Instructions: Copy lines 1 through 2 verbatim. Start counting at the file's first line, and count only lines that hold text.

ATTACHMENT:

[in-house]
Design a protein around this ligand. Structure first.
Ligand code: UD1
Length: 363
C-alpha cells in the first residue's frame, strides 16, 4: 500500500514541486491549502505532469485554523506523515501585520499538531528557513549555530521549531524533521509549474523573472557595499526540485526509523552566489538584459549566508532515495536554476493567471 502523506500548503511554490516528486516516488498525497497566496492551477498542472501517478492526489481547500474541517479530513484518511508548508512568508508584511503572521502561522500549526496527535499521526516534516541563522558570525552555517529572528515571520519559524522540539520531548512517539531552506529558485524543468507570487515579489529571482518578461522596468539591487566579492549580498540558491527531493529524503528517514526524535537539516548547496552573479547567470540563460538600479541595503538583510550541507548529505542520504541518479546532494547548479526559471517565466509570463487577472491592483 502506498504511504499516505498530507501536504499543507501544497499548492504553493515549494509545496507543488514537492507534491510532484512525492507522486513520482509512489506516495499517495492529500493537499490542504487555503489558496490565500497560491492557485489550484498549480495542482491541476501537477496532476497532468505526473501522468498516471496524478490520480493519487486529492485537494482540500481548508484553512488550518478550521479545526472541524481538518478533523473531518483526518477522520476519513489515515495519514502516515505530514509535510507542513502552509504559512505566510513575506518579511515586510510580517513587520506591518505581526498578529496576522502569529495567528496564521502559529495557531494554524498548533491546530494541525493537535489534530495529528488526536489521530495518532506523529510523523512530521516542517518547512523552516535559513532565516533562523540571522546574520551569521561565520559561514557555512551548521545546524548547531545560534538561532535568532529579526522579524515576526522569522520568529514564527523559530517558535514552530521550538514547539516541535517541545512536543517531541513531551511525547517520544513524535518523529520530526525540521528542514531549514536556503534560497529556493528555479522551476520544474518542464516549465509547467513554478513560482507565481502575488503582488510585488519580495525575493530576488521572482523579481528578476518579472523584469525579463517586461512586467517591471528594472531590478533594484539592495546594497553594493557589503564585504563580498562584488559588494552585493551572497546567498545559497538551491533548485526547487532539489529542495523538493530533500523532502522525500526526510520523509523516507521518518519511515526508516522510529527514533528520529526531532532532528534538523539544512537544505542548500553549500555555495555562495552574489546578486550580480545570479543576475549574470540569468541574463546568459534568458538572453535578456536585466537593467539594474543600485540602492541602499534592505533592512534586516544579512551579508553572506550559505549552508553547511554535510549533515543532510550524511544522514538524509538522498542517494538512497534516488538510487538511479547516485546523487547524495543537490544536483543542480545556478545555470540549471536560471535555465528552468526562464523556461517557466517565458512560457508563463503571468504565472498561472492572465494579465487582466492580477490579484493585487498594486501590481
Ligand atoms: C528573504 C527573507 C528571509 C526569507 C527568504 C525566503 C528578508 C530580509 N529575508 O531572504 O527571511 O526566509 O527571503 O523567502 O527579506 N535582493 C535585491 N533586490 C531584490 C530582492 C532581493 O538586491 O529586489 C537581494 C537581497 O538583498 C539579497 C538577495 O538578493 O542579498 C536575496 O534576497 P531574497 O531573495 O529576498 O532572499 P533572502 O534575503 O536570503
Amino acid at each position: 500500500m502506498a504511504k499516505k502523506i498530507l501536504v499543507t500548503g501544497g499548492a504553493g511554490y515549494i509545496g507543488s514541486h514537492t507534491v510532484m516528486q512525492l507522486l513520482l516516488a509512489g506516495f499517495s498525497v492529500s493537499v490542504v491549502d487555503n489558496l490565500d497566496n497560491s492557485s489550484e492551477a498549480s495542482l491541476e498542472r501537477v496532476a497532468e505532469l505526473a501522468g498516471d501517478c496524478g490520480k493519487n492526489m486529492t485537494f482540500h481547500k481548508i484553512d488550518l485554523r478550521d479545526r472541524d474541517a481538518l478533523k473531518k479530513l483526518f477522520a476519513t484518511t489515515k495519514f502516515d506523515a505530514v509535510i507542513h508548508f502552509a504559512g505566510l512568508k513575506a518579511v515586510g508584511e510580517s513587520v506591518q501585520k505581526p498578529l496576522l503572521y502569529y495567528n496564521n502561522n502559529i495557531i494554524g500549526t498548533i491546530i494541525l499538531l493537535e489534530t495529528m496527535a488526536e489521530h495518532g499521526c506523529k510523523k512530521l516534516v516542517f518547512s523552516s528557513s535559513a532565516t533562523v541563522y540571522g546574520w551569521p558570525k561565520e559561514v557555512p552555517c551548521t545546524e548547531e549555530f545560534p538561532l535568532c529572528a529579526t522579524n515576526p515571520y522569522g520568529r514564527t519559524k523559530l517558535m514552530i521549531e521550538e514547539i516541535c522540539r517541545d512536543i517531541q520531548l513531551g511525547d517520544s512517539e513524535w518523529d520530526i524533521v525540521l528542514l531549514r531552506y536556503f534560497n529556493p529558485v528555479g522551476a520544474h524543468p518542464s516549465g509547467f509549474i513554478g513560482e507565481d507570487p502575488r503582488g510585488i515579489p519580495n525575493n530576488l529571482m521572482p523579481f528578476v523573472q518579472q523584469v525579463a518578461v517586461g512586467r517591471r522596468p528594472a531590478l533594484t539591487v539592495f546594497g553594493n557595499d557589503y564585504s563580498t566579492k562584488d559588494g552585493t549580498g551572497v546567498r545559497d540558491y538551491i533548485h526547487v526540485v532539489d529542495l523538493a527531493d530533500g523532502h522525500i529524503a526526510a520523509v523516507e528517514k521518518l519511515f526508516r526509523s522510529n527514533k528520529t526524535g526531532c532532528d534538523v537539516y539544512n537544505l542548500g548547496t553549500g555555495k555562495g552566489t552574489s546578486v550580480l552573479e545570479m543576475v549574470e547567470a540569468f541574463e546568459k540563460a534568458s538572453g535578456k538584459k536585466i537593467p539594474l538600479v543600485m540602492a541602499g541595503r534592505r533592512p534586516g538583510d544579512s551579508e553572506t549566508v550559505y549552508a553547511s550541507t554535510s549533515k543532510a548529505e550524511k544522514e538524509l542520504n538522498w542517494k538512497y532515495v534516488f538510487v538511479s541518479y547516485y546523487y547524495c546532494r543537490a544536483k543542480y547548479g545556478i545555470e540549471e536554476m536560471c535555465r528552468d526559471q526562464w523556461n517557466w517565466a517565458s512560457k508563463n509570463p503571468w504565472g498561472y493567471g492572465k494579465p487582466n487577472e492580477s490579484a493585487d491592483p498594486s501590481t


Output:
[in-house]
Design a protein around this ligand. Structure first.